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January 2009
Notorious

by Wilson Morales

Notorious



Distributor: Fox Searchlight Pictures
Director: George Tillman Jr.
Screenwriter: Reggie Rock Bythewood, Cheo Hodari Coker
Cast: Jamal Woolard, Angela Bassett, Derek Luke, Anthony Mackie, Antonique Smith, Naturi Naughton, Dennis White, Julia Pace Mitchell, Sean Ringgold, Marc John Jeffries, Kevin Phillips, Edwin Freeman
Rating: R (for pervasive language, some strong sexuality including dialogue, nudity, and for drug content


   
































After numerous articles, documentaries and gossip, the story of Christopher “Biggie Smalls” Wallace is finally on the big screen in 'Notorious.’ With a group of veterans (Angela Bassett, Derek Luke, and Anthony Mackie) and newcomers ( Jamal “Gravy” Woolard, Antonique Smith, Julia Pace Mitchell and Naturi Naughton), the film captures the essence of the famous rapper from Brooklyn. Although one may question how objective it is, considering it's produced by Wallace’s mother and Sean “P. Diddy” Combs, ‘Notorious’ is explosive, fun and entertaining.

Growing up in Brooklyn, NY, Christopher Wallace wanted to be more than just an average kid scraping by in school. He wanted to provide for, and help out, his single mom, Violetta (Bassett), and when the opportunity arises to make some money, he jumps at it. With his childhood friend Damion, Chris rules the streets as a drug dealer, making money left and right, until the day comes when the law catches up with him and jail becomes inevitable. What gets him through the tough times is his mom's support and his unique rapping abilities.

When Damion sacrifices himself to give Christopher an opportunity to take his skills as a rapper to a higher level, Biggie hooks up with music producer Sean “Puffy” Combs. Life would never be the same for the two of them. In the meantime, Biggie juggles between the women in his life: Jan (Julia Pace Mitchell), mother of his first child; his mistress Kim Jones, aka Lil' Kim; and wife, singer Faith Evans.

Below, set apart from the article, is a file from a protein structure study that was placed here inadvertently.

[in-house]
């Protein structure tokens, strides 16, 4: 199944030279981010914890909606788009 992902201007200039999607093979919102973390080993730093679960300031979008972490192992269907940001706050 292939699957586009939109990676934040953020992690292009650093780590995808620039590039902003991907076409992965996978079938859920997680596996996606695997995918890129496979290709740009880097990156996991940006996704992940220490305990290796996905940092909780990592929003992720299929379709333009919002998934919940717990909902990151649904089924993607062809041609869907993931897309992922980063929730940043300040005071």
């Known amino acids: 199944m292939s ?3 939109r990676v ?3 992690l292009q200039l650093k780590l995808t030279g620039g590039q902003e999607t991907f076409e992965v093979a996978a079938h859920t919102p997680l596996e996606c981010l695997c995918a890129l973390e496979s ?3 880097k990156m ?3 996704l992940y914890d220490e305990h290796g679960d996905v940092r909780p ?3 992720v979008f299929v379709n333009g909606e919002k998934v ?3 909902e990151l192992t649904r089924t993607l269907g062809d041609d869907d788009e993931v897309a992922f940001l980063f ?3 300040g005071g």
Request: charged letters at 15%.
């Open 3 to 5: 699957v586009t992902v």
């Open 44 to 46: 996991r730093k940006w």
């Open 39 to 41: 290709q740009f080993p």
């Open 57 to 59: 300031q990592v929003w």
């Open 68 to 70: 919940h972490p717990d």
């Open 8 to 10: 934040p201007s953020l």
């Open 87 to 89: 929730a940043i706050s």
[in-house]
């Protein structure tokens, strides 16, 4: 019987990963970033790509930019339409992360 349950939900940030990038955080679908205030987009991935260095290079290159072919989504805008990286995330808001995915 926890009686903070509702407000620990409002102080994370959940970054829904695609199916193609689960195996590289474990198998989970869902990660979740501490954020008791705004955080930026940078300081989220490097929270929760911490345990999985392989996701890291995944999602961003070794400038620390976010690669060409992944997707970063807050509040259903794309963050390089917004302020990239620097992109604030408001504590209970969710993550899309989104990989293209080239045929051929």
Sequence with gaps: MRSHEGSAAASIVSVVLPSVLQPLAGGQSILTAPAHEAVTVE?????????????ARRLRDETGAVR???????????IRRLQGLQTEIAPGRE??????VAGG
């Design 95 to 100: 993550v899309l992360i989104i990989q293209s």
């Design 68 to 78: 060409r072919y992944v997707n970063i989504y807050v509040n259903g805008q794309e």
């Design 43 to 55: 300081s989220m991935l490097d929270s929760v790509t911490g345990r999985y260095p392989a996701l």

With his growing popularity and record sales booming, Biggie is on top of the world until the East Coast-West Coast drama unfolds and, ultimately, leads to one of the darkest days in the rap world.

As Biggie Smalls, Woolard has the persona down pat. He may not look like Big, but he’s a natural in capturing his mannerisms and lyrical skills to a science. The film rests on his shoulders, and he carries it like an atlas. Can't imagine why Combs wouldn't play himself in the film, as he is the only actor among the main principals, but, nevertheless, Luke is charismatic in his performance. The supporting cast is composed of newcomers who have bright futures in the business if they stay the course, specifically Smith, who played Faith, and Naughton, who sparkles as Kim.

As for the brough-ha-ha that the real Lil' Kim is stirring about the way the she’s portrayed, she does have some legit concern. Although Naughton plays the role with some sassiness, she's a newcomer who didn't get any insight from Kim but goes by what's on the script, which was written by Reggie Rock Bythewood and Cheo Hodari Coker. All we see is the sex and jealously from Kim, which isn't a flattering portrayal.

In her career, Bassett has played Betty Shabazz, Tina Turner, Rosa Parks and Katherine Jackson (Michael's mom), so when casting the role of Violetta Wallace, you can't wrong with her. She plays it with finesse. Her only flaw is that her Jamaican accent comes in and out of the scenes. Mackie has played Tupac on stage and was Papa Doc in '8 Mile', so in playing 'Pac again, he’s flawless.

For those who are true Biggie fans and followed his path when he was alive, and then read all the articles and watched the numerous documentaries on his life, there's nothing new that 'Notorious' offers. All of the East Coast-West Coast drama is told through the perspective of Biggie, with some help from Lil' Cease. There's no new discovery on his death, but director Tillman has put together an exciting tale of one of the greatest rappers, and many will be pleased when they leave the theater. Your only regret will be that Big’s life should have been longer.